II. RELEVANT DOMESTIC LAW AND PRACTICE

22. Article 23 of the Constitution reads as follows:

'Property shall be inviolable.

The rights of ownership shall be protected by law.

Property may be taken over only for the needs of society according to the procedure established by law and shall be justly compensated for.'

23. Article 102 of the Constitution reads as follows:

'The Constitutional Court shall decide whether the laws and other acts of the Seimas are in conflict with the Constitution, and whether the acts of the President of the Republic and the Government are in conflict with the Constitution or laws.

...'

24. In accordance with Article 63 3 of the Law on the Constitutional Court, the Constitutional Court examines cases concerning compliance of Government acts with the Constitution and laws.

25. Article 98 1 (4) of the Law on Administrative Proceedings provides that the administrative case is suspended when the court applies to the Constitutional Court asking to decide whether a law or another legal act, that has to be applied in a specific case is in accordance with the Constitution.

26. At the material time, Article 5 2 (1) of the Law on the Restoration of Citizens’ Ownership Rights to Existing Real Property of 1997 (Piliečių nuosavybės teisių į išlikusį nekilnojamąjį turtą atkūrimo įstatymas, hereinafter - the Law on Restitution) provided that property rights to land that until 1 June 1995 had been within the boundaries of a city were to be restored by returning in natura the land that was unoccupied to a citizen or citizens by a right of joint property, and by giving the plots of land to the citizens who had buildings on them, except when the land was State redeemable or a citizen did not want to have it returned in natura.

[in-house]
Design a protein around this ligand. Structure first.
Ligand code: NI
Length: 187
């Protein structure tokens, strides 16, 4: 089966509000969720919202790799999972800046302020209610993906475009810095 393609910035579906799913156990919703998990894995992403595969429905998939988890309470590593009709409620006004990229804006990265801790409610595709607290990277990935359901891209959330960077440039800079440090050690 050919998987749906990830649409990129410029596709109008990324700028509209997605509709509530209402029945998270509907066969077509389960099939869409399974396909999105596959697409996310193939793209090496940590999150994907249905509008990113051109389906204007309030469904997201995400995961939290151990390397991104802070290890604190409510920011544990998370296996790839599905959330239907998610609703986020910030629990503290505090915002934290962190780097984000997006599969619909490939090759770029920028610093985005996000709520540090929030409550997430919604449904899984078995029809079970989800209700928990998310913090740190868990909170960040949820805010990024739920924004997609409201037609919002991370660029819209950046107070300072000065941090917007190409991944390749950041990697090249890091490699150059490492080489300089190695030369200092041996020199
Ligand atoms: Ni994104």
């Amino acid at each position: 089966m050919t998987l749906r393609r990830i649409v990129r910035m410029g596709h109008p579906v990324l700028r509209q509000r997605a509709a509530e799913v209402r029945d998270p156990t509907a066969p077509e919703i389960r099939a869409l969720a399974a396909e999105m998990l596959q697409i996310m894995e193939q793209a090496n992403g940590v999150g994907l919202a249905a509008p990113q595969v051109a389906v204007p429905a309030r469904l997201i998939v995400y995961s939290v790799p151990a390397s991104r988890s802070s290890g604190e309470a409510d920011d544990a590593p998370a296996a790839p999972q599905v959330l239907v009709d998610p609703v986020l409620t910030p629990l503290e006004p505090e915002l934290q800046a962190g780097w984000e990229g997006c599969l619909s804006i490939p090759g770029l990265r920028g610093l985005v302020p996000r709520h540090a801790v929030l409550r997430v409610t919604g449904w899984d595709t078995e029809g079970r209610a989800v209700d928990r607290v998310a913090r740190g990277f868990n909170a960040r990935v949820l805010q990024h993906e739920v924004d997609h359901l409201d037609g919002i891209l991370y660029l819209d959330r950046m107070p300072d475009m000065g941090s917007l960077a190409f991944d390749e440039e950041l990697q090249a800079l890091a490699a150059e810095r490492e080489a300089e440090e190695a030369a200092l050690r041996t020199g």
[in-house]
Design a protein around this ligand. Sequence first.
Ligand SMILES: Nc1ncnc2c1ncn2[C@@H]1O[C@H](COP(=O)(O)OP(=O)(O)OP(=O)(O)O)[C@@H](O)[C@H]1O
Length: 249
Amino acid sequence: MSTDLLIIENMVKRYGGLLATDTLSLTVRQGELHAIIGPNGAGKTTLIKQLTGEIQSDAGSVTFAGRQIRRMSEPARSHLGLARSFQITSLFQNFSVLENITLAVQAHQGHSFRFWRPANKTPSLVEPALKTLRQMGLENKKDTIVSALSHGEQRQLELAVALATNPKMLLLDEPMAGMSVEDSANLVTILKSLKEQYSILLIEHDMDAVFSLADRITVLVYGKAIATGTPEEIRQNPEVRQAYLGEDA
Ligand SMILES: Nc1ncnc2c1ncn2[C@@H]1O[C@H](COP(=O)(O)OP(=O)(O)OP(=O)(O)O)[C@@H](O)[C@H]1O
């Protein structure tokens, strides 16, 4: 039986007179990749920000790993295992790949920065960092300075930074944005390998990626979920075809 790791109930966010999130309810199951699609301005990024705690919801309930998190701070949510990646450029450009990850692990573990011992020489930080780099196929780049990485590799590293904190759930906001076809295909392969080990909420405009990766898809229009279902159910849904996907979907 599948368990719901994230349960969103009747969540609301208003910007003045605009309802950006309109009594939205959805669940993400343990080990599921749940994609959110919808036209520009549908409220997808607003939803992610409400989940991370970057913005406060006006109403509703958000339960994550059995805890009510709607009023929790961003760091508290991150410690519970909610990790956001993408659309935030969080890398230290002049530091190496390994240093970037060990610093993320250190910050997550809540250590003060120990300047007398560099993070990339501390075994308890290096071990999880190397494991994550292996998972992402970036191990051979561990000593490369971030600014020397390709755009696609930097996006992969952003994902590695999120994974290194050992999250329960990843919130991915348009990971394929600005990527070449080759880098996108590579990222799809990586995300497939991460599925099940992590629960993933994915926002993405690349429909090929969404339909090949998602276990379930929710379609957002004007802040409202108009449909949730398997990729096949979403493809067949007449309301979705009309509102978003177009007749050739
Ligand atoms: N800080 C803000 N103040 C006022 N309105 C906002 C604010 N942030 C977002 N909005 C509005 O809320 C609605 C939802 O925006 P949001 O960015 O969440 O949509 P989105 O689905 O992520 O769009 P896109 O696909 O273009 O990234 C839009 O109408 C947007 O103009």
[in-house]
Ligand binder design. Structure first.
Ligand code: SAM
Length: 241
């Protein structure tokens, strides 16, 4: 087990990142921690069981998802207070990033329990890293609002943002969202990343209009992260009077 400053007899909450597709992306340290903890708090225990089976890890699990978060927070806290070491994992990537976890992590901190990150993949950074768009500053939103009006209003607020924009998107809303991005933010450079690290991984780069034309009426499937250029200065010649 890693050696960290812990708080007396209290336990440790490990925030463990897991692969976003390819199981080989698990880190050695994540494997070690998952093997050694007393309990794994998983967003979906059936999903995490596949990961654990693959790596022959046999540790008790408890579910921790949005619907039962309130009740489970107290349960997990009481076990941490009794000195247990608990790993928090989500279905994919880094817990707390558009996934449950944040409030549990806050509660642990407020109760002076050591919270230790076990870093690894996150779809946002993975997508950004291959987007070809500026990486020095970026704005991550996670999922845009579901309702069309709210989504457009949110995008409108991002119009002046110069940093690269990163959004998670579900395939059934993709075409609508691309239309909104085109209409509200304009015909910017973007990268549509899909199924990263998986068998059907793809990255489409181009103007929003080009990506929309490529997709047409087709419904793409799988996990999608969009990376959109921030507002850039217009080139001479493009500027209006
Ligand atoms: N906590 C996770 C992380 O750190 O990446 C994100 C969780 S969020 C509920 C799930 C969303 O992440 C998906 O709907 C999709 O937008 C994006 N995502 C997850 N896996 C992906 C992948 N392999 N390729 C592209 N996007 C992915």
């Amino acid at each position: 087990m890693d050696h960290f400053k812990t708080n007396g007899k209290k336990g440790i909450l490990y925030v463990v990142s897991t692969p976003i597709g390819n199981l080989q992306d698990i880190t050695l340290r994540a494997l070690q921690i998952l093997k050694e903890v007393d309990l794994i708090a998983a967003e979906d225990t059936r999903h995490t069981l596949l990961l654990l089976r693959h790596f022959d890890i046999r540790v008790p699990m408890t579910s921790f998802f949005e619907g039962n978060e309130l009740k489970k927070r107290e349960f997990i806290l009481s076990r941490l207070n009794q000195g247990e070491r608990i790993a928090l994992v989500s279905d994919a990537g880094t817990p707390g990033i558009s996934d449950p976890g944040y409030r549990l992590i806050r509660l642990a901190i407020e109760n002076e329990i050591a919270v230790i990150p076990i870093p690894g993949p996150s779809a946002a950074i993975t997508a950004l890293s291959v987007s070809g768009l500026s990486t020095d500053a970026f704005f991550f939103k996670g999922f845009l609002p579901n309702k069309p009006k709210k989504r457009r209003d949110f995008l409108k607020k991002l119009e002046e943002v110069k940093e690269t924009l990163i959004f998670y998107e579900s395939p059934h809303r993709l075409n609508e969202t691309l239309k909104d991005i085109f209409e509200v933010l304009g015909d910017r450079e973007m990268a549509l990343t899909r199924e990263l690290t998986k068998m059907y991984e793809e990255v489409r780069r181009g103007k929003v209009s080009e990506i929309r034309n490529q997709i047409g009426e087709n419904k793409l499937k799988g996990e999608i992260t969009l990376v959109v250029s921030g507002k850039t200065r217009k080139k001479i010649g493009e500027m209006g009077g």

27. At the material time, Article 16 1 of the Law on Restitution provided that the State had to compensate citizens for titles to existing real property which had been bought by the State, as well as for titles which had existed prior to 1 August 1991 but had been subsequently annulled as a result of decisions adopted by the State or local authorities. Article 16 2 provided that when the State had to compensate citizens for real property which, in accordance with this Law, had not been returned in natura, the principle of equal value had to be applied to both the property that had not been returned and property which had been given in kind as compensation for property acquired by the State. Article 16 3 provided that the value of State redeemable property and property that citizens did not want to receive in natura was to be calculated in accordance with the methodology approved by the Government. One of the forms of compensation for land, forest and riparian rights acquired by the State was compensation in the form of securities (Article 16 9 (3)).

28. On 1 February 2012, Article 16 9 (6) the Law on Restitution was amended by providing, for the first time, for payments in cash as one of the ways of compensating for land compulsorily bought by the State.

29. On 8 November 2012, the Law on Restitution was amended (the amendment entered into force on 22 November 2012) by annulling the compensation in the form of securities and providing that if a citizen asked to restore his or her property rights in the form of securities, he or she could, by 1 July 2013 change his or her wish regarding the form in which the ownership rights to the real property were restored. If a final decision on restitution in the form of securities had already been taken, the relevant authority could, upon the request of the citizen, change that decision.

30. As from 1 November 2014, Article 21 4 of the Law on Restitution provided that a citizen who had already asked for his or her property rights to a plot of land to be restored, could by 1 March 2015 express or change his or her wish regarding the form in which the ownership rights to the real property were restored and choose a plot of forest of equal value, provided that a final decision on restitution had not been taken or, if it had been taken, had not yet been executed or had been executed in part.

31. At the material time, Government Resolution of 29 September 1997, no. 1057, provided that compensation for the property that the citizens did not want to receive in natura was to be calculated in accordance with the methodology approved by the Government Resolution on 24 February 1999, No. 205 (hereinafter - 'the Methodology'). If the citizens were to be compensated in the form of securities, the value of the securities was to be calculated in accordance with the order approved by the Government on 12 July 2002 by resolution No. 1130.

32. The Methodology was amended on 10 April 2013, removing the option of compensation in the form of securities.